R10.2.2 — Many tests have confirmed that the distribution

of strain is essentially linear across a reinforced concrete

cross section, even near ultimate strength.



10.2.3 — Maximum usable strain at extreme concrete

compression fiber shall be assumed equal to 0.003.



R10.2.3 — The maximum concrete compressive strain at

crushing of the concrete has been observed in tests of

various kinds to vary from 0.003 to higher than 0.008 under

special conditions. However, the strain at which ultimate

moments are developed is usually about 0.003 to 0.004 for

members of normal proportions and materials.



10.2.4 — Stress in reinforcement below fy shall be

taken as Es times steel strain. For strains greater than

that corresponding to fy , stress in reinforcement shall

be considered independent of strain and equal to fy .



R10.2.4 — For deformed reinforcement, it is reasonably

accurate to assume that the stress in reinforcement is

proportional to strain below the specified yield strength fy.

The increase in strength due to the effect of strain hardening

of the reinforcement is neglected for strength computations.

In strength computations, the force developed in tensile or

compressive reinforcement is computed as:



The strain in both reinforcement and in concrete is assumed

to be directly proportional to the distance from the neutral

axis. This assumption is of primary importance in design for

determining the strain and corresponding stress in the

reinforcement.



when εs < εy (yield strain)

As fs = AsEsεs

when εs ≥ εy

As fs = As fy



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where εs is the value from the strain diagram at the location

of the reinforcement. For design, the modulus of elasticity

of steel reinforcement Es may be taken as 200,000 MPa

(see 8.5.2).



10.2.5 — Tensile strength of concrete shall be

neglected in axial and flexural calculations of reinforced

concrete, except when meeting requirements of 18.4.



R10.2.5 — The tensile strength of concrete in flexure

(modulus of rupture) is a more variable property than the

compressive strength and is about 10 to 15 percent of the

compressive strength. Tensile strength of concrete in flexure

is neglected in strength design. For members with normal

percentages of reinforcement, this assumption is in good agreement with tests. For very small percentages of reinforcement,

neglect of the tensile strength at ultimate is usually correct.

The strength of concrete in tension, however, is important in

cracking and deflection considerations at service loads.



10



10.2.6 — The relationship between concrete

compressive stress distribution and concrete strain

shall be assumed to be rectangular, trapezoidal,

parabolic, or any other shape that results in prediction

of strength in substantial agreement with results of

comprehensive tests.



R10.2.6 — This assumption recognizes the inelastic stress

distribution of concrete at high stress. As maximum stress is

approached, the stress-strain relationship for concrete is not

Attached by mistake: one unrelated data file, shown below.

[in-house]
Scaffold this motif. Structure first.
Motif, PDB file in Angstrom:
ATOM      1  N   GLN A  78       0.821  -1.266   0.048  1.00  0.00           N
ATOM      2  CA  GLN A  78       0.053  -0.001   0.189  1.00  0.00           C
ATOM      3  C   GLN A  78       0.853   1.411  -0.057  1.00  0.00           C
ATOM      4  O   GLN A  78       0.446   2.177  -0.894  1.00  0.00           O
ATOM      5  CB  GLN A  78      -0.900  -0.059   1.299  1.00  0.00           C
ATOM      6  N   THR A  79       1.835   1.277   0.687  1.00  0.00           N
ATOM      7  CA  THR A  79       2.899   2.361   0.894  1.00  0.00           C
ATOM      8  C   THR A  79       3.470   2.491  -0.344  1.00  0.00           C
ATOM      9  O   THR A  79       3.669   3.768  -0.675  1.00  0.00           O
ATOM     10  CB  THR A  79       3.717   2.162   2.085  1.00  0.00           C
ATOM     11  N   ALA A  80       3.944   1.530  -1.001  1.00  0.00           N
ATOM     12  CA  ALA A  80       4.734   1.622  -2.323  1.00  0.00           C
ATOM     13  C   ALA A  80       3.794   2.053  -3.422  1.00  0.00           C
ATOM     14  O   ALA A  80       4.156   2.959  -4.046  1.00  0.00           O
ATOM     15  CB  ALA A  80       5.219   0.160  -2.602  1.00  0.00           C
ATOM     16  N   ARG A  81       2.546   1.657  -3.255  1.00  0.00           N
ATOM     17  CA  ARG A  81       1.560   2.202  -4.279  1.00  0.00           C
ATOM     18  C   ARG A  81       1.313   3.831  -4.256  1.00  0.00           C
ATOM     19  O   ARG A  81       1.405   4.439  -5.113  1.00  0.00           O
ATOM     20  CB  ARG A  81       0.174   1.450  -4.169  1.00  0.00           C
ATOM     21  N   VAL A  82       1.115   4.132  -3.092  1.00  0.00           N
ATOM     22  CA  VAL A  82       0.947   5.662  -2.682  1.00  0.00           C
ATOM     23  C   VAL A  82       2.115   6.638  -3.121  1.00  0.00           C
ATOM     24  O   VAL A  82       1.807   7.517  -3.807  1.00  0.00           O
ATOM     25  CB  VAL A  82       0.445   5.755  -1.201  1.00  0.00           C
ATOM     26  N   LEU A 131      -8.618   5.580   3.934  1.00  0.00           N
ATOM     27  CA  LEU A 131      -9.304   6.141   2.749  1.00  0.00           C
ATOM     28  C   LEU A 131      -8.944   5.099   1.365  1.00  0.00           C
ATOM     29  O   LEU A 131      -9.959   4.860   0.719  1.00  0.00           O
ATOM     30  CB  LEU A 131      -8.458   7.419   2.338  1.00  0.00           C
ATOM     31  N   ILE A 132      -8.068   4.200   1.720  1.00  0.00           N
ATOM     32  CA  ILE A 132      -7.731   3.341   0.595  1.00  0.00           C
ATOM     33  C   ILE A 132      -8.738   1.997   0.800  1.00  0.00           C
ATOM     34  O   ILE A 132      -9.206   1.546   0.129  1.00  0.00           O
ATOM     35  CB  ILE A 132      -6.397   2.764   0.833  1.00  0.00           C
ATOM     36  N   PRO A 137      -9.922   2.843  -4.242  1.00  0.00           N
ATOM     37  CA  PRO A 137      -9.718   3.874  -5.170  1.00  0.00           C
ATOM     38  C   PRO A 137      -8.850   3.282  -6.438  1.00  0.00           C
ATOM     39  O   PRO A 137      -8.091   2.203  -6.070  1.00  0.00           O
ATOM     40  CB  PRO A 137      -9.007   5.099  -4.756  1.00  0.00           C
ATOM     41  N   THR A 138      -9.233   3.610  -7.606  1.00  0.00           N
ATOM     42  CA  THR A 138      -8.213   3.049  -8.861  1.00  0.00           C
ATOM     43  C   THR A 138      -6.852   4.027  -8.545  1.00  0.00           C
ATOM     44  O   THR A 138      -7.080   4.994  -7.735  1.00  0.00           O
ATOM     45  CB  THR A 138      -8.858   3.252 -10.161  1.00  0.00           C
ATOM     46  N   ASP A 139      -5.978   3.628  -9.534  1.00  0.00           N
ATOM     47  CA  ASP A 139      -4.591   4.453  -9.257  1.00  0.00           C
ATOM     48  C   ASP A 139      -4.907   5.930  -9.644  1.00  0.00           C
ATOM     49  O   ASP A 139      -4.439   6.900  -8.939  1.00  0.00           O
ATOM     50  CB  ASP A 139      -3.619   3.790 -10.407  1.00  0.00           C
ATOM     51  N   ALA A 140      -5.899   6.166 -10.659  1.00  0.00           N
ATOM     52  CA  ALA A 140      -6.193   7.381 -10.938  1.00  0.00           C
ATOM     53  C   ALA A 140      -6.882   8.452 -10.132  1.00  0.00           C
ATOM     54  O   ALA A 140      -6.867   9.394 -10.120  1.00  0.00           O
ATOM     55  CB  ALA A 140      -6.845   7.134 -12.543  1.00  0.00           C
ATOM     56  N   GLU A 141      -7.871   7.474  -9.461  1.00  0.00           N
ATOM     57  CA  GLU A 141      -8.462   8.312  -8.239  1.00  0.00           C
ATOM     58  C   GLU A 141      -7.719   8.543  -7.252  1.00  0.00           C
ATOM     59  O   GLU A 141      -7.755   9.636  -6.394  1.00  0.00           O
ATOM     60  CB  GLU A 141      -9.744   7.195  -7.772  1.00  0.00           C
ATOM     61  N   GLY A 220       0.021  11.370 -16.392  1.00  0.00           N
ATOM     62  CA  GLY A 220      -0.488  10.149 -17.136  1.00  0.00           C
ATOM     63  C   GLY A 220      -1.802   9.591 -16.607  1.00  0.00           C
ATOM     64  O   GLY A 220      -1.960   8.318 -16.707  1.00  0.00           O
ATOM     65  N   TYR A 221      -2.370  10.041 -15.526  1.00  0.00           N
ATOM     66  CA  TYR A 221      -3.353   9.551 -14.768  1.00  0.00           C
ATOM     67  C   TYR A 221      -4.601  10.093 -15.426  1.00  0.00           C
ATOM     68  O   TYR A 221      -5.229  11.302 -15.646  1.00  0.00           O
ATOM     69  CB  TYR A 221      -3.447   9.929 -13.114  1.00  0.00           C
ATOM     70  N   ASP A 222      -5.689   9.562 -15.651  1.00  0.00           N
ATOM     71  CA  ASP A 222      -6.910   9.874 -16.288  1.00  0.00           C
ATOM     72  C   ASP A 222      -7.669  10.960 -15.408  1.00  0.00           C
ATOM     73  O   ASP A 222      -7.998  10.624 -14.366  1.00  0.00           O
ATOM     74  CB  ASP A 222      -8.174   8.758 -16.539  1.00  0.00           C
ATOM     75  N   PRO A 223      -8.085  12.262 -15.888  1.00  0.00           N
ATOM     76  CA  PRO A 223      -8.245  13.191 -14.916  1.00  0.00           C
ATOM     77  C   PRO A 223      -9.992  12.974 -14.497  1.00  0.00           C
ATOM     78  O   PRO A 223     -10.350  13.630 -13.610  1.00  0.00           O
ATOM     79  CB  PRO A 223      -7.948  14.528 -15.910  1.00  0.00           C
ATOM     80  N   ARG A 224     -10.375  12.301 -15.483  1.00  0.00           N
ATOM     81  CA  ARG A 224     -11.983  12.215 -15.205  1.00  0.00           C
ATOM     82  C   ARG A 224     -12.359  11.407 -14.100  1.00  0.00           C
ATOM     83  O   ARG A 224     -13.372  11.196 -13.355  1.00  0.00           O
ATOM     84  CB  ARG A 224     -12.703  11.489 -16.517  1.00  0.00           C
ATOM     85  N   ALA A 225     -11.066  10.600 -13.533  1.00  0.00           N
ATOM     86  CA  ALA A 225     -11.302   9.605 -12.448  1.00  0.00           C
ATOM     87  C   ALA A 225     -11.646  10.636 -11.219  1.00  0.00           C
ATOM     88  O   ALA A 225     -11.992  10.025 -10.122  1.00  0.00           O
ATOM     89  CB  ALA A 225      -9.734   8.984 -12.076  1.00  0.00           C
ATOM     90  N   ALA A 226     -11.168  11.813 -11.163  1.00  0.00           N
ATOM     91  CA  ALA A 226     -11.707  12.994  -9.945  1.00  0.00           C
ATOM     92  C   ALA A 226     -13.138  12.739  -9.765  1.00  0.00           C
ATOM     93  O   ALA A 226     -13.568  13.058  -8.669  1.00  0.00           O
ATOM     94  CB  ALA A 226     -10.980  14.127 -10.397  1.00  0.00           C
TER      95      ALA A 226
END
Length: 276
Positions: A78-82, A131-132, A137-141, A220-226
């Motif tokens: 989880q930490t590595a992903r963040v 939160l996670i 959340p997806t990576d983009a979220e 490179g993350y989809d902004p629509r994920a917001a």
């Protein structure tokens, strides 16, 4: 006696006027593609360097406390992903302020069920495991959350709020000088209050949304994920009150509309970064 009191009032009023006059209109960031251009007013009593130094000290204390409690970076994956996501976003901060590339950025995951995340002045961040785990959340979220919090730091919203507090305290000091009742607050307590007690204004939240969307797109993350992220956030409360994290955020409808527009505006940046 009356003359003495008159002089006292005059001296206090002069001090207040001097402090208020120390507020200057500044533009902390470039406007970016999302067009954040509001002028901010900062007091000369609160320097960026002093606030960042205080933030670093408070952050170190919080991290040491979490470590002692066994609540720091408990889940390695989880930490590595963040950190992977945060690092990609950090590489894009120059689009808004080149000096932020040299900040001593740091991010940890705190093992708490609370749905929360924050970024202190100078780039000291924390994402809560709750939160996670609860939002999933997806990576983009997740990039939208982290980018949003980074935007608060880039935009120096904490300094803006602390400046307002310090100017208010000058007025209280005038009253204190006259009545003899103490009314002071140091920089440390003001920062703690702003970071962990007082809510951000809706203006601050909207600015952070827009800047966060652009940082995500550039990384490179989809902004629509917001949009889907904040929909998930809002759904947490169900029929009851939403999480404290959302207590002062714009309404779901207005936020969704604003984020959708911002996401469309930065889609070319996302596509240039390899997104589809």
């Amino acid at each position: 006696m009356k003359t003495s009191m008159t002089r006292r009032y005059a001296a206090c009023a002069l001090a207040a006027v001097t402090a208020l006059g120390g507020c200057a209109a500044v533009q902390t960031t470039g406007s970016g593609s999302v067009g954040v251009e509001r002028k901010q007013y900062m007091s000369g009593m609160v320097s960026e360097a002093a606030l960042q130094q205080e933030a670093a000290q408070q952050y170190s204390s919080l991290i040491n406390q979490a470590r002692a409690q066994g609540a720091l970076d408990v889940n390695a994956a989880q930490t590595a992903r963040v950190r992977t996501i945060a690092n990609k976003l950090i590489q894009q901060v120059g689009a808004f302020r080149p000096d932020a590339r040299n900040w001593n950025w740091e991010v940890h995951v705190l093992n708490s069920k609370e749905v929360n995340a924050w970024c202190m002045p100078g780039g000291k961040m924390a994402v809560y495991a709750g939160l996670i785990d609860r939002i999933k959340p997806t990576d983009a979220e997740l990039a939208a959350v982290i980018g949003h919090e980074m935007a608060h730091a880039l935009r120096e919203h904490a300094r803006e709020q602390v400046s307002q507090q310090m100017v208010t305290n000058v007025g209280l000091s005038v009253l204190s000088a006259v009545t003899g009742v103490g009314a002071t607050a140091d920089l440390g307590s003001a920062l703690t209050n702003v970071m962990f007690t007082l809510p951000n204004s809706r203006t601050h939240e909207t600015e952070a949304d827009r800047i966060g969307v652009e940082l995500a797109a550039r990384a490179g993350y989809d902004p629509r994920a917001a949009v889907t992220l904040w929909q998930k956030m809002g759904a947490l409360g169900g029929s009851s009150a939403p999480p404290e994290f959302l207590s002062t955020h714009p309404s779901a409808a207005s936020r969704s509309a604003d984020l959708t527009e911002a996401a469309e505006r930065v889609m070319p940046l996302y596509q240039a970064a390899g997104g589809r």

a straight line but some form of a curve (stress is not proportional to strain). The general shape of a stress-strain curve is

primarily a function of concrete strength and consists of a

rising curve from zero to a maximum at a compressive

strain between 0.0015 and 0.002 followed by a descending

curve to an ultimate strain (crushing of the concrete) from

0.003 to higher than 0.008. As discussed under R10.2.3, the

Code sets the maximum usable strain at 0.003 for design.

The actual distribution of concrete compressive stress is

complex and usually not known explicitly. Research has

shown that the important properties of the concrete stress

distribution can be approximated closely using any one of

several different assumptions as to the form of stress distribution. The Code permits any particular stress distribution

to be assumed in design if shown to result in predictions of

ultimate strength in reasonable agreement with the results of

comprehensive tests. Many stress distributions have been

proposed. The three most common are the parabola, trapezoid,

and rectangle.



10.2.7 — Requirements of 10.2.6 are satisfied by an

equivalent rectangular concrete stress distribution

defined by the following:

10.2.7.1 — Concrete stress of 0.85fc′ shall be

assumed uniformly distributed over an equivalent

compression zone bounded by edges of the cross

section and a straight line located parallel to the

neutral axis at a distance a = β 1c from the fiber of

maximum compressive strain.

10.2.7.2 — Distance from the fiber of maximum

strain to the neutral axis, c, shall be measured in a

direction perpendicular to the neutral axis.



R10.2.7 — For design, the Code allows the use of an

equivalent rectangular compressive stress distribution

(stress block) to replace the more exact concrete stress

distribution. In the equivalent rectangular stress block, an

average stress of 0.85fc′ is used with a rectangle of depth a =

β1c. The β1 of 0.85 for concrete with fc′ ≤ 28 MPa and 0.05

less for each 7 MPa of fc′ in excess of 28 MPa was determined experimentally.

In the 1976 supplement to the 1971 Code, a lower limit of β1

equal to 0.65 was adopted for concrete strengths greater than

55 MPa. Research data from tests with high-strength

concretes10.1,10.2 supported the equivalent rectangular stress

block for concrete strengths exceeding 55 MPa, with a β1



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10.2.7.3 — For fc′ between 17 and 28 MPa, β 1 shall

be taken as 0.85. For fc′ above 28 MPa, β 1 shall be

reduced linearly at a rate of 0.05 for each 7 MPa of

strength in excess of 28 MPa, but β 1 shall not be taken

less than 0.65.



equal to 0.65. Use of the equivalent rectangular stress distribution specified in the 1971 Code, with no lower limit on β1 ,

resulted in inconsistent designs for high-strength concrete for